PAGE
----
Last spring, Pacific University reluctantly said goodbye to its long-time, beloved photography professor, Jim Flory, but the art department is steadfast in its photography course offerings. 

“The art department has a really strong commitment to photography,” said Terry O’Day,  art department Chair. “We are always going to teach photography courses and it’s really important to us – that studio itself is important to us.” 

Luckily for the department, it found a more than capable replacement for Flory in professor David Brunn. Brunn most recently taught at the Art Institute of Portland, which faced financial issues leading up to its 2018 closer. 

“David has a lot of experience in photography, he’s taught at several different institutions and he’s teaching the full schedule of photo courses that Jim taught,” O’Day said. 

Not only does the department want to keep photography at Pacific, it also wants to keep the old fashioned dark room, as it ties into the larger strategy of how art courses are taught.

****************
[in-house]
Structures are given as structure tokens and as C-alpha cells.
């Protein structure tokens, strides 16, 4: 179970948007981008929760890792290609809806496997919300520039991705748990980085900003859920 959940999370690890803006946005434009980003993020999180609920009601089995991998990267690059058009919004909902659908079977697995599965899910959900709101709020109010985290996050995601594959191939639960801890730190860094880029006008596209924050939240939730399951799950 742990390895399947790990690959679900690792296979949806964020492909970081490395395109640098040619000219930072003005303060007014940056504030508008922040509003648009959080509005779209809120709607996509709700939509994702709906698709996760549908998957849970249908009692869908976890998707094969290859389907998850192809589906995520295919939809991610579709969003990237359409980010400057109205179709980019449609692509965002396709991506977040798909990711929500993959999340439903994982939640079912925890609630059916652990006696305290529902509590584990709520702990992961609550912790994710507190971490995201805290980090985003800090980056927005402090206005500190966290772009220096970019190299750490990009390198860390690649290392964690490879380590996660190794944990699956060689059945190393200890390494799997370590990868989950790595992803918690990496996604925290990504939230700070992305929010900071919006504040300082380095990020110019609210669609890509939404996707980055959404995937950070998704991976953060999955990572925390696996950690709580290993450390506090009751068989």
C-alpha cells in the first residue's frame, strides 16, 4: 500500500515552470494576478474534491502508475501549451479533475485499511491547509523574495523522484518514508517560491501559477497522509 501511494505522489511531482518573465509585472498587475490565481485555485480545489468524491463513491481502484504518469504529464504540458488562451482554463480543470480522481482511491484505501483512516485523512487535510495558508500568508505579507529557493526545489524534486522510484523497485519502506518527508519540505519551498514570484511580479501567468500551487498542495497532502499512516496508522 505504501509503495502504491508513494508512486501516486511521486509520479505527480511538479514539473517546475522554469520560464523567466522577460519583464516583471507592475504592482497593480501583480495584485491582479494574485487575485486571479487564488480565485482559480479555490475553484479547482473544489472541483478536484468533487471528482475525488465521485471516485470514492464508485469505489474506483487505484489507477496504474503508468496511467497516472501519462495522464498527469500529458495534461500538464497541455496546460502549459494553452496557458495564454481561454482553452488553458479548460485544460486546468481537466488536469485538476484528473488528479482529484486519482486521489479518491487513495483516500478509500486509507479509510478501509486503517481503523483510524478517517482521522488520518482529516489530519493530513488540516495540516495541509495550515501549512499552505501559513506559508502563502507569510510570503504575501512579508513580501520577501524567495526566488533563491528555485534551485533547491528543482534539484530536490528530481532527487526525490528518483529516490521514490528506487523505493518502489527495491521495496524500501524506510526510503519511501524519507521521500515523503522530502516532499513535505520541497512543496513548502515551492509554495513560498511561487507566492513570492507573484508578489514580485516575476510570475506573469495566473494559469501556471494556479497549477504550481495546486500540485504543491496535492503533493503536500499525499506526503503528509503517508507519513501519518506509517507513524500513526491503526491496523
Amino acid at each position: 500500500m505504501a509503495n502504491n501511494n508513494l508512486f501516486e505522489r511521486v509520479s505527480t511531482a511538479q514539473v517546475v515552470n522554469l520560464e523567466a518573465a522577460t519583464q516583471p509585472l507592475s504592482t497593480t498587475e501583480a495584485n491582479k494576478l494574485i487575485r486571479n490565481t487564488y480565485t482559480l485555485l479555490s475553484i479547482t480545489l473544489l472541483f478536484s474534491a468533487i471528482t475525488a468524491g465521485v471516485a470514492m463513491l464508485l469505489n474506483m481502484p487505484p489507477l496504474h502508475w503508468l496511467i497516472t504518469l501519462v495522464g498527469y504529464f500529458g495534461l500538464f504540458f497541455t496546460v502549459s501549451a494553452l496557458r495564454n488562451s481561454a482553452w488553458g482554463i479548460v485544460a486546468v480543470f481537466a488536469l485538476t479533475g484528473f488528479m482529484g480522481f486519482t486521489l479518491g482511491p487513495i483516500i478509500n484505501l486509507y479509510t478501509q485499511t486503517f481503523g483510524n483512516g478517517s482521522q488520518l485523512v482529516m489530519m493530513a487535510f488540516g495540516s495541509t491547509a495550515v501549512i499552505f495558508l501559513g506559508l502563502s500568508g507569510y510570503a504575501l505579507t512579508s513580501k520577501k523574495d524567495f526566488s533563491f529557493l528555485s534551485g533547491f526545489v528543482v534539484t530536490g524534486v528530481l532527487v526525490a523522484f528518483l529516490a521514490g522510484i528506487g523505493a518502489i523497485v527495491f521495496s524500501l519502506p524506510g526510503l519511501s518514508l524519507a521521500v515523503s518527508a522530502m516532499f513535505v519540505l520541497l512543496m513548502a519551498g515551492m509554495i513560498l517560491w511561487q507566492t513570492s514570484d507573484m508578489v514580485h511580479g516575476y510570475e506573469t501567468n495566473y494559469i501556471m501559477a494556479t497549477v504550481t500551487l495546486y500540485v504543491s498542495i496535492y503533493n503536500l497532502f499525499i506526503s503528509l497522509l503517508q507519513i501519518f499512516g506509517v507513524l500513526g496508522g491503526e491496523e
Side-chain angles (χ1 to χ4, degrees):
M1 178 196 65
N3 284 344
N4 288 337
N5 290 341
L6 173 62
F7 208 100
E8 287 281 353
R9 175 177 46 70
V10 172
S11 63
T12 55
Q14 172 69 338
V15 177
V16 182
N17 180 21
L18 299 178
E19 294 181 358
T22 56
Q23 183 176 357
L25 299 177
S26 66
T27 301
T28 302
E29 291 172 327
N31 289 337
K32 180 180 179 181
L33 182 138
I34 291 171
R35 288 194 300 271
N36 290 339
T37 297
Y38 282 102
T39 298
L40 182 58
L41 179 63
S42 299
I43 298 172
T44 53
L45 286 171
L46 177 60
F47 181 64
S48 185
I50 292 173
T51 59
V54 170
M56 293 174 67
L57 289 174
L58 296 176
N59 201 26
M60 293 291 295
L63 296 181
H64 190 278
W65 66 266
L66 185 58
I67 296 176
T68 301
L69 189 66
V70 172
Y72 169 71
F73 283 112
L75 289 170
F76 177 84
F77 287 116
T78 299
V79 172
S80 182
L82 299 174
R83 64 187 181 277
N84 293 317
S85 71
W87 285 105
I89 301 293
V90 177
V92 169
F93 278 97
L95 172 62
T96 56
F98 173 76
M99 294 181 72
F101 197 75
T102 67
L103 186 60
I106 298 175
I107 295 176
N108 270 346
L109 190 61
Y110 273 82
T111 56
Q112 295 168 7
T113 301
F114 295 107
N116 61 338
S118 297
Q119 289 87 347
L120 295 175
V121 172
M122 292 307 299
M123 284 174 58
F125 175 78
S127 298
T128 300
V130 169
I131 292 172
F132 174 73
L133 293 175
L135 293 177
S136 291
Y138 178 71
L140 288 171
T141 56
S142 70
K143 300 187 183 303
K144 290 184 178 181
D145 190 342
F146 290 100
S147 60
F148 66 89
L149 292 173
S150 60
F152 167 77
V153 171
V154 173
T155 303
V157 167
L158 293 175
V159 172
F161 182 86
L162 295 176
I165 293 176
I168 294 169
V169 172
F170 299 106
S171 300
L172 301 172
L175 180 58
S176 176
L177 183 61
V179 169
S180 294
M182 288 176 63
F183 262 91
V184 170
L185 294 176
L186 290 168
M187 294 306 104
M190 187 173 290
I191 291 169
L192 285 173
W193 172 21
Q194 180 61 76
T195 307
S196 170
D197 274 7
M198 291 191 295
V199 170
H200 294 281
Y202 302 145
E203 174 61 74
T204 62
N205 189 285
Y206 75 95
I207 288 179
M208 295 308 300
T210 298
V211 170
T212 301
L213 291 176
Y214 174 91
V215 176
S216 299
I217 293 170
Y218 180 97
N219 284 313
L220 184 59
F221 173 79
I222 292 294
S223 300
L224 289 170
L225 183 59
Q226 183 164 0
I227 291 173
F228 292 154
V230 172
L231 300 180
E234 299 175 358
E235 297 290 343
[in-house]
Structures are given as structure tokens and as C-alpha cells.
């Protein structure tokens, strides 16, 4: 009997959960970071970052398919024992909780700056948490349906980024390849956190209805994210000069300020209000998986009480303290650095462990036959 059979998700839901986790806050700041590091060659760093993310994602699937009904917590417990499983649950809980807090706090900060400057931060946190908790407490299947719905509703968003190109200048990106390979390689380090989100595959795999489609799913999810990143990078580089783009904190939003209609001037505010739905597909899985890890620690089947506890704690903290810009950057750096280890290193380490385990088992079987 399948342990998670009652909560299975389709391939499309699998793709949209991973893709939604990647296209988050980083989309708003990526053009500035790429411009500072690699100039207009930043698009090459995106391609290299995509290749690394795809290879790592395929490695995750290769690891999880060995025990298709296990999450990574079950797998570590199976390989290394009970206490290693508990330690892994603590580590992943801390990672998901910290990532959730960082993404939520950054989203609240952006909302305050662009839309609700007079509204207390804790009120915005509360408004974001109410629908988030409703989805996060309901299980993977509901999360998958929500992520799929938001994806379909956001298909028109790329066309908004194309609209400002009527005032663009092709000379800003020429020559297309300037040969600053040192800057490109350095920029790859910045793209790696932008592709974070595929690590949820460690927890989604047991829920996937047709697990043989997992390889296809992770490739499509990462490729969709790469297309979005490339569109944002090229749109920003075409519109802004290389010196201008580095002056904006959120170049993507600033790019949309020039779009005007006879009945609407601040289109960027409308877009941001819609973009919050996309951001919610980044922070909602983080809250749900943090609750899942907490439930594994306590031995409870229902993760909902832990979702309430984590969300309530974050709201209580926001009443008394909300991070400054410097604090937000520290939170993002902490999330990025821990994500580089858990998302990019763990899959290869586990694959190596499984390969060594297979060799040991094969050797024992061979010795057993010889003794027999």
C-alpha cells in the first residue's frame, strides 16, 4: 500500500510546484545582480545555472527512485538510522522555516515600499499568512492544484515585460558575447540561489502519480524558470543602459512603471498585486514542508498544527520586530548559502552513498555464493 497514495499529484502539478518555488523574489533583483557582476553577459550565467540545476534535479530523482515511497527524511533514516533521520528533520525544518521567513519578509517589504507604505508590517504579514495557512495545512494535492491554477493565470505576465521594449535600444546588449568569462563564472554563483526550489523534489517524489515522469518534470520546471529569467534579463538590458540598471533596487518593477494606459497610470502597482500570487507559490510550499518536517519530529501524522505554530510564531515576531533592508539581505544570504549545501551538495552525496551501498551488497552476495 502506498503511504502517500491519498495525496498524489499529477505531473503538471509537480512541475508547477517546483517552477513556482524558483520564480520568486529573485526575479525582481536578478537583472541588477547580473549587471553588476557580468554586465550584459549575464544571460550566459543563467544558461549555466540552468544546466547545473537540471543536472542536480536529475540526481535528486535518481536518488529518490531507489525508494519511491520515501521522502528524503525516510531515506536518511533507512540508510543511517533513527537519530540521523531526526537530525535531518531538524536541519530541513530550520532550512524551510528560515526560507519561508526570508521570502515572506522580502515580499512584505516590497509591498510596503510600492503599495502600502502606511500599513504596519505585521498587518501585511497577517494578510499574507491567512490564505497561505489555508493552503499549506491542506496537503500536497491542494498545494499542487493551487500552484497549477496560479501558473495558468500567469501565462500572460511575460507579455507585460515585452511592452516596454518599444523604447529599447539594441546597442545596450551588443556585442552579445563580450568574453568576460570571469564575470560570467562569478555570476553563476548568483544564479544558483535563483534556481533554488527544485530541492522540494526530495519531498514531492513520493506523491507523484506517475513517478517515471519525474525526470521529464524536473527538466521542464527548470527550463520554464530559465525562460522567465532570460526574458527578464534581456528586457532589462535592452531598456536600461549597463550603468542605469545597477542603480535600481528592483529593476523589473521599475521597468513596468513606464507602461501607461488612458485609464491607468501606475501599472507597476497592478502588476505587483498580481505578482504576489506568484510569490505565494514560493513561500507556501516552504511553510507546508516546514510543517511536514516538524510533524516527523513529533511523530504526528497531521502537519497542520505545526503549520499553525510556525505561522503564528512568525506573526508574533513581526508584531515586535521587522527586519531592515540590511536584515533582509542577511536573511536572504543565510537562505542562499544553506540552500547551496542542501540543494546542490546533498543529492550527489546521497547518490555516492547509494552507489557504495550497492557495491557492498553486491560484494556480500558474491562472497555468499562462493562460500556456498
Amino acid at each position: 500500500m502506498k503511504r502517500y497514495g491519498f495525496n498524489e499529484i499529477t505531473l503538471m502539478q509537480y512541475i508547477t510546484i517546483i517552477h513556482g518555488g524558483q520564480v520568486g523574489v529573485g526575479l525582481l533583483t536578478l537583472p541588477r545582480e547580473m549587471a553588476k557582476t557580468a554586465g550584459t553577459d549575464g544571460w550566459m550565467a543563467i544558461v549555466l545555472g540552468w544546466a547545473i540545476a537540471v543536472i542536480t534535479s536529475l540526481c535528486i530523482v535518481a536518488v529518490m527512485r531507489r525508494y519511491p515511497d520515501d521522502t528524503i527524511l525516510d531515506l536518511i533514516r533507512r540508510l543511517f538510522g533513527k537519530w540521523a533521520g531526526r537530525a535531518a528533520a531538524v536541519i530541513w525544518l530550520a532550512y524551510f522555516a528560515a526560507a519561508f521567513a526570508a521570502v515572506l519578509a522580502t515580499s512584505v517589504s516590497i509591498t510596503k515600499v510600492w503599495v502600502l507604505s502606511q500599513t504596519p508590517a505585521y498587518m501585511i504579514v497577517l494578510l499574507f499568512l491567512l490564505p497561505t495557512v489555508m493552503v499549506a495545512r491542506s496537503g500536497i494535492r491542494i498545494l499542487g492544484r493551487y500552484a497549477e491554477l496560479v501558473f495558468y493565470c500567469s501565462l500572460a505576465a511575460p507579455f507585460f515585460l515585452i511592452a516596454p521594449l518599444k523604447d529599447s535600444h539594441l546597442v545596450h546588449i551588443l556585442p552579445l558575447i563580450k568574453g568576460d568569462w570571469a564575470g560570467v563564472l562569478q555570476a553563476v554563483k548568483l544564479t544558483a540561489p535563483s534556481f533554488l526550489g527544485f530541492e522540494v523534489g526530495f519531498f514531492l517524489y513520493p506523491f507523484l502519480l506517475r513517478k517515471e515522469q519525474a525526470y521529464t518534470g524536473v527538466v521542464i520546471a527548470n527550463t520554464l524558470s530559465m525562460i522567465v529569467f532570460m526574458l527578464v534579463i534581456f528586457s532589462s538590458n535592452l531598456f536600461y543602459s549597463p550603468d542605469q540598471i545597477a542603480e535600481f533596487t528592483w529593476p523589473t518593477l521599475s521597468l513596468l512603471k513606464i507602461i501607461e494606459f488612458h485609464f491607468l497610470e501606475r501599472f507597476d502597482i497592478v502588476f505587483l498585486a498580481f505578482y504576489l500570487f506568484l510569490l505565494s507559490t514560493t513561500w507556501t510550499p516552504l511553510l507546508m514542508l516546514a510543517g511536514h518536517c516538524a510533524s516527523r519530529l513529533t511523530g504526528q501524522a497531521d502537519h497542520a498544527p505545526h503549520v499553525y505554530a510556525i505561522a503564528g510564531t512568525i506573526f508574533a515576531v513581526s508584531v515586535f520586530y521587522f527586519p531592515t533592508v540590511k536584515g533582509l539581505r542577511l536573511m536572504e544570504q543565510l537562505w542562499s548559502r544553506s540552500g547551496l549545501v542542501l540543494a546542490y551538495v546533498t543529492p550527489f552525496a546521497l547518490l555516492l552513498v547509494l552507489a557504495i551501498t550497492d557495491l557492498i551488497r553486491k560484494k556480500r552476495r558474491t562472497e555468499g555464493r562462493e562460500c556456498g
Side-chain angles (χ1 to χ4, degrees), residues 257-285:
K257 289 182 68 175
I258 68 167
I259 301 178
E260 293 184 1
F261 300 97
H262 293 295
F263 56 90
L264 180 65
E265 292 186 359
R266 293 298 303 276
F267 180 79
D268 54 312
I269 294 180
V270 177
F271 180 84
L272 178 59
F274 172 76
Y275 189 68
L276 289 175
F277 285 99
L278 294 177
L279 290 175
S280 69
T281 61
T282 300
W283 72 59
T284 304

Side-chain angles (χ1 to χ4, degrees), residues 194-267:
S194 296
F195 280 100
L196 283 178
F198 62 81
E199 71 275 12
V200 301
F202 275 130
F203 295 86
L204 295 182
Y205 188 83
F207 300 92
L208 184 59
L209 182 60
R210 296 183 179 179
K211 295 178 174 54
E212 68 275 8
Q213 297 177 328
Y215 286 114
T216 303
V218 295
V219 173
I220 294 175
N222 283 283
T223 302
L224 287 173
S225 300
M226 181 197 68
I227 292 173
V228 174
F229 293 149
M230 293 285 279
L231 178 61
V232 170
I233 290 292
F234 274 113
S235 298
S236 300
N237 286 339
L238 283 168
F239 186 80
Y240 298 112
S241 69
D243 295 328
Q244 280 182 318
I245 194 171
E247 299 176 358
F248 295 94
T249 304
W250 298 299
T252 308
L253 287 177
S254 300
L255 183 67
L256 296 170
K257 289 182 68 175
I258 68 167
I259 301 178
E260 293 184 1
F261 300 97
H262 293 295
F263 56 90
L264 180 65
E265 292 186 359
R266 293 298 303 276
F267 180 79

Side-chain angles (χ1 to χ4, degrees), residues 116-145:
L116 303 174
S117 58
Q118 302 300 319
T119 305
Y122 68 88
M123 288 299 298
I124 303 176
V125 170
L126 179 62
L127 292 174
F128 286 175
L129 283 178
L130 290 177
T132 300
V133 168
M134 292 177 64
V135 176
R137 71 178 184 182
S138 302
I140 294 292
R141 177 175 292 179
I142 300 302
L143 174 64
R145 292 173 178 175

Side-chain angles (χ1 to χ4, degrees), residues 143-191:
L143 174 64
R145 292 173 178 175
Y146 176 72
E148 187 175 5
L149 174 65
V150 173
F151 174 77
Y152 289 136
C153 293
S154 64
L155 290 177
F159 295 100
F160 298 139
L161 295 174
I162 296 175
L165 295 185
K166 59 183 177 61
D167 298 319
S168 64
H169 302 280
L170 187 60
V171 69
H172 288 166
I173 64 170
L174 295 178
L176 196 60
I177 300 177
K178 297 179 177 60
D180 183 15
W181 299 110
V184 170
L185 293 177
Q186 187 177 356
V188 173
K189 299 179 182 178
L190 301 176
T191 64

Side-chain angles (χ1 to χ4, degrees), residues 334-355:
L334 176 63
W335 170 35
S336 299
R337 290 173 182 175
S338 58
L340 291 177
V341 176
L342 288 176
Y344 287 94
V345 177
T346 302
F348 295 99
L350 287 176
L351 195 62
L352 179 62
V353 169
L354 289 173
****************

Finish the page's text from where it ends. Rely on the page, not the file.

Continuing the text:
“All of our disciplines sort of have this new / old, traditional and contemporary kind of approach so that students get introduced to the range of everything,” O’Day explained. “In addition to becoming familiar with techniques relevant to the job market.”

An approach sophomore Kylie Halland, Art Club co-president, feels is a successful one when taking classes to maintain her art scholarship. 

“I think in general the department does a very good job of incorporating all different styles of art so we get a holistic artistic experience both inside and outside the classroom,” Halland said. 

One example of how the art department is expanding that well-rounded curriculum experience is through courses in 3D modeling, design classes and others that are taking full advantage of new tools available to them. Through a partnership with the Berglund Center, these newer courses utilize Pacific’s recently debuted Makerspace to introduce more contemporary approaches to art and design. 

Despite not being attracted to those disciplines herself, Halland believes it opens up an even greater artistic variety for other students. 

“I think it’s a wonderful blend of both the scientific and artistic aspects of Pacific, and it’s great they’re trying to show that more,” Halland said. 

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